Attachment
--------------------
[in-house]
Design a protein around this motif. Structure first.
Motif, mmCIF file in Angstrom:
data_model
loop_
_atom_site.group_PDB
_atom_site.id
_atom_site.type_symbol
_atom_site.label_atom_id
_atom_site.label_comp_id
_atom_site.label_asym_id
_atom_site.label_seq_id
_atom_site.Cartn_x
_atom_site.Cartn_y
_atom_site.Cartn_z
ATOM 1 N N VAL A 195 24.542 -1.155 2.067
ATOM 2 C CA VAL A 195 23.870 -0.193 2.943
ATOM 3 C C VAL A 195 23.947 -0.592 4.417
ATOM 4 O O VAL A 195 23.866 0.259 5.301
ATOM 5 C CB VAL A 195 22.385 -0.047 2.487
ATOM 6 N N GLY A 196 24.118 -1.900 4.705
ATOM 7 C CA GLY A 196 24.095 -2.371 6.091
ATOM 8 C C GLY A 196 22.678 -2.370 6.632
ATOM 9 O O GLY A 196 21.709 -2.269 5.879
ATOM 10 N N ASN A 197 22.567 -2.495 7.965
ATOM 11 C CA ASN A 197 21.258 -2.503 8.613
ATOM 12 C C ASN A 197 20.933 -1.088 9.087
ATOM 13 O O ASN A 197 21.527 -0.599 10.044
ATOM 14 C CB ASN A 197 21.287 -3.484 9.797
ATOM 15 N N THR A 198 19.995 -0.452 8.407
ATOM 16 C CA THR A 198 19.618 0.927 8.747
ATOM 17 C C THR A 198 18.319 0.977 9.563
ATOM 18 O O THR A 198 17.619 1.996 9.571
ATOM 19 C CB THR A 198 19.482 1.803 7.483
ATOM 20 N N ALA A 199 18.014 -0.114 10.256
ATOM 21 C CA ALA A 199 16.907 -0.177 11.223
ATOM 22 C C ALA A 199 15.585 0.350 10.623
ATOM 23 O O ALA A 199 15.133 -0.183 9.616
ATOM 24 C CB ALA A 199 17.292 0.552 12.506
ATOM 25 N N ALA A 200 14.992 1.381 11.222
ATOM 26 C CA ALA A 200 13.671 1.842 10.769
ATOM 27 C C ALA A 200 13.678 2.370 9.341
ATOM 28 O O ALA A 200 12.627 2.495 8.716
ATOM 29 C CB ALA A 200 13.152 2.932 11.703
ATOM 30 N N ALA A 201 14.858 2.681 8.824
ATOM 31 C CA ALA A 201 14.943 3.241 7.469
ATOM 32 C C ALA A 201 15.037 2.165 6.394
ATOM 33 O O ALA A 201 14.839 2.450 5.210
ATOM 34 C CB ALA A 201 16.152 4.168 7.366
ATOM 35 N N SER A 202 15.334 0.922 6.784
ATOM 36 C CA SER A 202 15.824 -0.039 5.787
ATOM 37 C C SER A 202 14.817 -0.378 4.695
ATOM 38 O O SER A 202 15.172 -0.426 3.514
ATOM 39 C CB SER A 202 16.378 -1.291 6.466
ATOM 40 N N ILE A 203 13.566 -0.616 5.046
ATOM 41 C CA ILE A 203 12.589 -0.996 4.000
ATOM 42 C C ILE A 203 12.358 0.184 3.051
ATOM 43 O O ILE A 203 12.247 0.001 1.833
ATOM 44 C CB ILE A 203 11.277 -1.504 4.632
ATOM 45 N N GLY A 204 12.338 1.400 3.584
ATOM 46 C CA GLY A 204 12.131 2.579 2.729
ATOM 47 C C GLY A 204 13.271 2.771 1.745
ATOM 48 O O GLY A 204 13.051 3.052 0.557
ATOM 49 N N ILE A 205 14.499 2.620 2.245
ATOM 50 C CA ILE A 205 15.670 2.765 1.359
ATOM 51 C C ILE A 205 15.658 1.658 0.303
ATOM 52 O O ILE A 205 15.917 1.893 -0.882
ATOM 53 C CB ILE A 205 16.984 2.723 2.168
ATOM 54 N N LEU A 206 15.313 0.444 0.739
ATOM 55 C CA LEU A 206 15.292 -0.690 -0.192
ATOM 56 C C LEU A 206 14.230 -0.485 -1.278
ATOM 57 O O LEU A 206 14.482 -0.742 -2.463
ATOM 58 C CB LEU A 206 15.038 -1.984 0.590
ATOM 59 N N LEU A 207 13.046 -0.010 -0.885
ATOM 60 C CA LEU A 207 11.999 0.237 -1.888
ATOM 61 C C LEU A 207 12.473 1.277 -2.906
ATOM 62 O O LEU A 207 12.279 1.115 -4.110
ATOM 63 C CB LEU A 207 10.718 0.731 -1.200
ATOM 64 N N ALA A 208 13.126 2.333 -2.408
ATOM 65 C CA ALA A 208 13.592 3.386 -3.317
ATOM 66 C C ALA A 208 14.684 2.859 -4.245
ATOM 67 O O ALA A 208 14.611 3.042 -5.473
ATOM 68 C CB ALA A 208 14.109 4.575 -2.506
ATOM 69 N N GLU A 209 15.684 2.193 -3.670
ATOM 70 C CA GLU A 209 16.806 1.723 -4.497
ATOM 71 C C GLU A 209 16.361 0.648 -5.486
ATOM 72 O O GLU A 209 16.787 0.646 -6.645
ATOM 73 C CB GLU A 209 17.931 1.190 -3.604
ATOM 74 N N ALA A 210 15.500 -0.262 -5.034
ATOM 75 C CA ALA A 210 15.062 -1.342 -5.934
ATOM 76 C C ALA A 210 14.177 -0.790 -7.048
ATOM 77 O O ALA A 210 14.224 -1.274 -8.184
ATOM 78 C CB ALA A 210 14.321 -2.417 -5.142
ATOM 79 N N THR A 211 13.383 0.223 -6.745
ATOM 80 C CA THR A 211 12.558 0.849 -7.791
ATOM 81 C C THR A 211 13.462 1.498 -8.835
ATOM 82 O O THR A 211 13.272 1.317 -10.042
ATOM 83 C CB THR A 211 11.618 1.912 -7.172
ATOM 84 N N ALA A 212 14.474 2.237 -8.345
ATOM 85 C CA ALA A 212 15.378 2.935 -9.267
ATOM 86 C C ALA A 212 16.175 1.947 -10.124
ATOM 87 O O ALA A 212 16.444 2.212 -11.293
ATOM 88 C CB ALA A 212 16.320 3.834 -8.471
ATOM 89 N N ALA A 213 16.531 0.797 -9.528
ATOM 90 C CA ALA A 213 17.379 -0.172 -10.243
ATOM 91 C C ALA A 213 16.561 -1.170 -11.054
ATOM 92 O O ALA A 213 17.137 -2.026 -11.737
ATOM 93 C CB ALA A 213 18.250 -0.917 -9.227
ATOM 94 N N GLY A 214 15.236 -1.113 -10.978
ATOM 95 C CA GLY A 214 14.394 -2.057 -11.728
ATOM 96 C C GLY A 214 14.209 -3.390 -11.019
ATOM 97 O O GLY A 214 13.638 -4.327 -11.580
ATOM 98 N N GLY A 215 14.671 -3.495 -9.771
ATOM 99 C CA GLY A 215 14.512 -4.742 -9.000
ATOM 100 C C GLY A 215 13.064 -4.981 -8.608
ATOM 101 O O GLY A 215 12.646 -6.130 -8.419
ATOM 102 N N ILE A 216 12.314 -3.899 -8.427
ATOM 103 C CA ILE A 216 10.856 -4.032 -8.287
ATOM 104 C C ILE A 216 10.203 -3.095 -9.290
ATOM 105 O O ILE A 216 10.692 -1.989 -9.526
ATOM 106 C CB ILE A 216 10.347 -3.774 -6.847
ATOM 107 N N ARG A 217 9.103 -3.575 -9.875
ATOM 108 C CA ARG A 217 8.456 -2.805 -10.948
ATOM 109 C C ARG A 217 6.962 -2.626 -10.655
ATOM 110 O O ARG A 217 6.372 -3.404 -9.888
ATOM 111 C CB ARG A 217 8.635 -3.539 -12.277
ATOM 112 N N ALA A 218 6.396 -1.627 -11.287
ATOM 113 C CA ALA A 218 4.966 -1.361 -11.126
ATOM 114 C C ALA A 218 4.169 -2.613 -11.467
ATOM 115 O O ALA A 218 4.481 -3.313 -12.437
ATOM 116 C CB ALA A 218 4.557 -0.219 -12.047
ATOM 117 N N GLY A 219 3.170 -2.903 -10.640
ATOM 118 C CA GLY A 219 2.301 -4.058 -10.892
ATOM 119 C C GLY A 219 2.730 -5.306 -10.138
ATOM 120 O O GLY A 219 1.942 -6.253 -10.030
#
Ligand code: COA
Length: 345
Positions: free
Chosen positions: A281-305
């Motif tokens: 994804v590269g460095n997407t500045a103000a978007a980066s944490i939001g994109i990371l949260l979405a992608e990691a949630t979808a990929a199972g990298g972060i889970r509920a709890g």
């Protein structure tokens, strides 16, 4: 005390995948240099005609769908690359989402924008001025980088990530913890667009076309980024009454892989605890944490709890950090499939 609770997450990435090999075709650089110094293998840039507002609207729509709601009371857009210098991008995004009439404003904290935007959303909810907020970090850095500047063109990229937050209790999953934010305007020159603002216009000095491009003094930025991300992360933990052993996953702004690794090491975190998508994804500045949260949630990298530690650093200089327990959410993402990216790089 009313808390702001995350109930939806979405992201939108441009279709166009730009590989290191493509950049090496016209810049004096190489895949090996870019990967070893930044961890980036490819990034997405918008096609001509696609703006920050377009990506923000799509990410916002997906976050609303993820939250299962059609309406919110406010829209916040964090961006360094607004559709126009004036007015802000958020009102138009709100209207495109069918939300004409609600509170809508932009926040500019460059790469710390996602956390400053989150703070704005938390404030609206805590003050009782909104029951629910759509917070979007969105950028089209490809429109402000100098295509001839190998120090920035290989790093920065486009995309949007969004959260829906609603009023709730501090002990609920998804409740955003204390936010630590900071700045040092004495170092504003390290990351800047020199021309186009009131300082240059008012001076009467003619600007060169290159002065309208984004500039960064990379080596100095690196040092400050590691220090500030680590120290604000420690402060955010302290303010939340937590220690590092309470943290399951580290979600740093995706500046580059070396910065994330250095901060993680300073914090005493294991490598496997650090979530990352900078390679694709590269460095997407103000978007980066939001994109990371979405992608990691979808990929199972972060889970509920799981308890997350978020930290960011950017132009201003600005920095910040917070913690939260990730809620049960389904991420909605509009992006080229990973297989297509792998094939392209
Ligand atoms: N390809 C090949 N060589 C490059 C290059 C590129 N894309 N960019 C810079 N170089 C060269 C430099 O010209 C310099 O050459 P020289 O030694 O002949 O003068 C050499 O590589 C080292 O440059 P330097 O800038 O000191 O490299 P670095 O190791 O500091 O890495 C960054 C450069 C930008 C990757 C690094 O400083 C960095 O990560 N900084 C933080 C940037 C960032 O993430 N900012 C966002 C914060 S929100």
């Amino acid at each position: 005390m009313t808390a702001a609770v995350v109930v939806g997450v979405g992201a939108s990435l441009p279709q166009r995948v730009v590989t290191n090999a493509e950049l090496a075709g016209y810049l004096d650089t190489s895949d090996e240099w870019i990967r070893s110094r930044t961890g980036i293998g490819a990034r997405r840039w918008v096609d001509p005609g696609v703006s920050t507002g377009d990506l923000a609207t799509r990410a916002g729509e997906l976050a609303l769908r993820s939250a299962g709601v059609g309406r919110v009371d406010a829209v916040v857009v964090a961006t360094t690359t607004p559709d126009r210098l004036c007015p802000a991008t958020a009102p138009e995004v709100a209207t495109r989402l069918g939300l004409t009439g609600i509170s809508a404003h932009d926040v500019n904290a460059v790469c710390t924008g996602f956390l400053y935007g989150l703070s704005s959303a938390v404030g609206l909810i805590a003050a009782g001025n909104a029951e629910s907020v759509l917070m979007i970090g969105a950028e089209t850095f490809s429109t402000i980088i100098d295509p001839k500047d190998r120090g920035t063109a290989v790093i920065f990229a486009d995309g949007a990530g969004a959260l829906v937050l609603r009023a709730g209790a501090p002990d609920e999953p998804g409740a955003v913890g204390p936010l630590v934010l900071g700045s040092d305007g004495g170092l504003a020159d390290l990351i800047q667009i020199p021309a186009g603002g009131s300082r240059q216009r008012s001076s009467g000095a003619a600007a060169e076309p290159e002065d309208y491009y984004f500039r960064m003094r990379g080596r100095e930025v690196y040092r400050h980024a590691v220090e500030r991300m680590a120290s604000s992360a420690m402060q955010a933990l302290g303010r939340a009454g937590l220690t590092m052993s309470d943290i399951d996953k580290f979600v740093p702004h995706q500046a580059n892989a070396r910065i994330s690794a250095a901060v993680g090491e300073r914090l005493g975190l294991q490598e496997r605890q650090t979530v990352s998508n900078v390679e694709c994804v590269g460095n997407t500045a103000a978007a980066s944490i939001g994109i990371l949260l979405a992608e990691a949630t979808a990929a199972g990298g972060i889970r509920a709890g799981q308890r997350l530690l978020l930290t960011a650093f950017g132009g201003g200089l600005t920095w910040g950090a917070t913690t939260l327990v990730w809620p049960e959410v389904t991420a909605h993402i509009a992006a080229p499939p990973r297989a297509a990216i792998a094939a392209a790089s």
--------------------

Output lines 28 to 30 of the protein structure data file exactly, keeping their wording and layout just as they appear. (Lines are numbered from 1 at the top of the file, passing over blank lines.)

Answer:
ATOM 13 O O ASN A 197 21.527 -0.599 10.044
ATOM 14 C CB ASN A 197 21.287 -3.484 9.797
ATOM 15 N N THR A 198 19.995 -0.452 8.407